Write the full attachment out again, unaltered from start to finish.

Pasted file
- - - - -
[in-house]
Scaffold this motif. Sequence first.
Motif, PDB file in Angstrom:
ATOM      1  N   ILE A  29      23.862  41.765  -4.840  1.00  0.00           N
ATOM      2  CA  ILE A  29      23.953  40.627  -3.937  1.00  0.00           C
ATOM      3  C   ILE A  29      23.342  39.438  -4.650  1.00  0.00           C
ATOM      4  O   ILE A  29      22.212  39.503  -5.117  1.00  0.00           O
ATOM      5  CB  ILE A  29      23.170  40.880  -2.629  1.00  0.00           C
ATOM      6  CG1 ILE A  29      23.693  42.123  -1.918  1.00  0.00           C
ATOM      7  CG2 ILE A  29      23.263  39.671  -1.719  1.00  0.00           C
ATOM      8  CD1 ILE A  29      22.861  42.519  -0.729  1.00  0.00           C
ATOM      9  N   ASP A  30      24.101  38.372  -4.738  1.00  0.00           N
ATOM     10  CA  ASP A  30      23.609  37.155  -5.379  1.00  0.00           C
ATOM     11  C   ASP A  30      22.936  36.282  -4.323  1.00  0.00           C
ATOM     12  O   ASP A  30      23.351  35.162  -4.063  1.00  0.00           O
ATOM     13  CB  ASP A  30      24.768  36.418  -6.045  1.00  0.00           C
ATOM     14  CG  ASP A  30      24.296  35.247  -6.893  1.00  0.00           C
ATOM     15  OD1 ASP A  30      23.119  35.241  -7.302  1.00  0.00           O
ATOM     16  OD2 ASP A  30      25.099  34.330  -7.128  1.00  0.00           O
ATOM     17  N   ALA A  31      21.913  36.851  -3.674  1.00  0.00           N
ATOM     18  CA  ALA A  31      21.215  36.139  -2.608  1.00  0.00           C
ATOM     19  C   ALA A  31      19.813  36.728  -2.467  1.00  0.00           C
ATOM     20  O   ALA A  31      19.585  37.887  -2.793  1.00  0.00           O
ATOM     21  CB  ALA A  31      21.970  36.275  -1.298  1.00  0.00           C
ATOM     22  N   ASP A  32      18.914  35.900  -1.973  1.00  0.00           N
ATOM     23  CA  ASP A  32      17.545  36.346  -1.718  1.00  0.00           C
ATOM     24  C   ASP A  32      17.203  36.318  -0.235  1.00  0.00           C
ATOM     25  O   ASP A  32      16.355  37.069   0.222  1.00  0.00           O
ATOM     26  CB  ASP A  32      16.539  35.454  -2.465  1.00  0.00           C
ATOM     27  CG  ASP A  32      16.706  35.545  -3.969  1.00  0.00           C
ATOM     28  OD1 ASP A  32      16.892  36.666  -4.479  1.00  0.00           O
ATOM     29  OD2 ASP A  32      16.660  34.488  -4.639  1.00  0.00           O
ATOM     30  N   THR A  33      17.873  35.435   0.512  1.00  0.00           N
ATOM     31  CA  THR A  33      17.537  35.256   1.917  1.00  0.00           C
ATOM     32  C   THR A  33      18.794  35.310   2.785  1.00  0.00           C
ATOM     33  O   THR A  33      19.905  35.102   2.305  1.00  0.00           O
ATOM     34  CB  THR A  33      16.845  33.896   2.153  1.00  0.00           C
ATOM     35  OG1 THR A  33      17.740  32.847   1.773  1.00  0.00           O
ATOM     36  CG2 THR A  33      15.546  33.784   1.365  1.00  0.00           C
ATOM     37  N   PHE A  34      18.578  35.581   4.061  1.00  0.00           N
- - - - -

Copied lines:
[in-house]
Scaffold this motif. Sequence first.
Motif, PDB file in Angstrom:
ATOM      1  N   ILE A  29      23.862  41.765  -4.840  1.00  0.00           N
ATOM      2  CA  ILE A  29      23.953  40.627  -3.937  1.00  0.00           C
ATOM      3  C   ILE A  29      23.342  39.438  -4.650  1.00  0.00           C
ATOM      4  O   ILE A  29      22.212  39.503  -5.117  1.00  0.00           O
ATOM      5  CB  ILE A  29      23.170  40.880  -2.629  1.00  0.00           C
ATOM      6  CG1 ILE A  29      23.693  42.123  -1.918  1.00  0.00           C
ATOM      7  CG2 ILE A  29      23.263  39.671  -1.719  1.00  0.00           C
ATOM      8  CD1 ILE A  29      22.861  42.519  -0.729  1.00  0.00           C
ATOM      9  N   ASP A  30      24.101  38.372  -4.738  1.00  0.00           N
ATOM     10  CA  ASP A  30      23.609  37.155  -5.379  1.00  0.00           C
ATOM     11  C   ASP A  30      22.936  36.282  -4.323  1.00  0.00           C
ATOM     12  O   ASP A  30      23.351  35.162  -4.063  1.00  0.00           O
ATOM     13  CB  ASP A  30      24.768  36.418  -6.045  1.00  0.00           C
ATOM     14  CG  ASP A  30      24.296  35.247  -6.893  1.00  0.00           C
ATOM     15  OD1 ASP A  30      23.119  35.241  -7.302  1.00  0.00           O
ATOM     16  OD2 ASP A  30      25.099  34.330  -7.128  1.00  0.00           O
ATOM     17  N   ALA A  31      21.913  36.851  -3.674  1.00  0.00           N
ATOM     18  CA  ALA A  31      21.215  36.139  -2.608  1.00  0.00           C
ATOM     19  C   ALA A  31      19.813  36.728  -2.467  1.00  0.00           C
ATOM     20  O   ALA A  31      19.585  37.887  -2.793  1.00  0.00           O
ATOM     21  CB  ALA A  31      21.970  36.275  -1.298  1.00  0.00           C
ATOM     22  N   ASP A  32      18.914  35.900  -1.973  1.00  0.00           N
ATOM     23  CA  ASP A  32      17.545  36.346  -1.718  1.00  0.00           C
ATOM     24  C   ASP A  32      17.203  36.318  -0.235  1.00  0.00           C
ATOM     25  O   ASP A  32      16.355  37.069   0.222  1.00  0.00           O
ATOM     26  CB  ASP A  32      16.539  35.454  -2.465  1.00  0.00           C
ATOM     27  CG  ASP A  32      16.706  35.545  -3.969  1.00  0.00           C
ATOM     28  OD1 ASP A  32      16.892  36.666  -4.479  1.00  0.00           O
ATOM     29  OD2 ASP A  32      16.660  34.488  -4.639  1.00  0.00           O
ATOM     30  N   THR A  33      17.873  35.435   0.512  1.00  0.00           N
ATOM     31  CA  THR A  33      17.537  35.256   1.917  1.00  0.00           C
ATOM     32  C   THR A  33      18.794  35.310   2.785  1.00  0.00           C
ATOM     33  O   THR A  33      19.905  35.102   2.305  1.00  0.00           O
ATOM     34  CB  THR A  33      16.845  33.896   2.153  1.00  0.00           C
ATOM     35  OG1 THR A  33      17.740  32.847   1.773  1.00  0.00           O
ATOM     36  CG2 THR A  33      15.546  33.784   1.365  1.00  0.00           C
ATOM     37  N   PHE A  34      18.578  35.581   4.061  1.00  0.00           N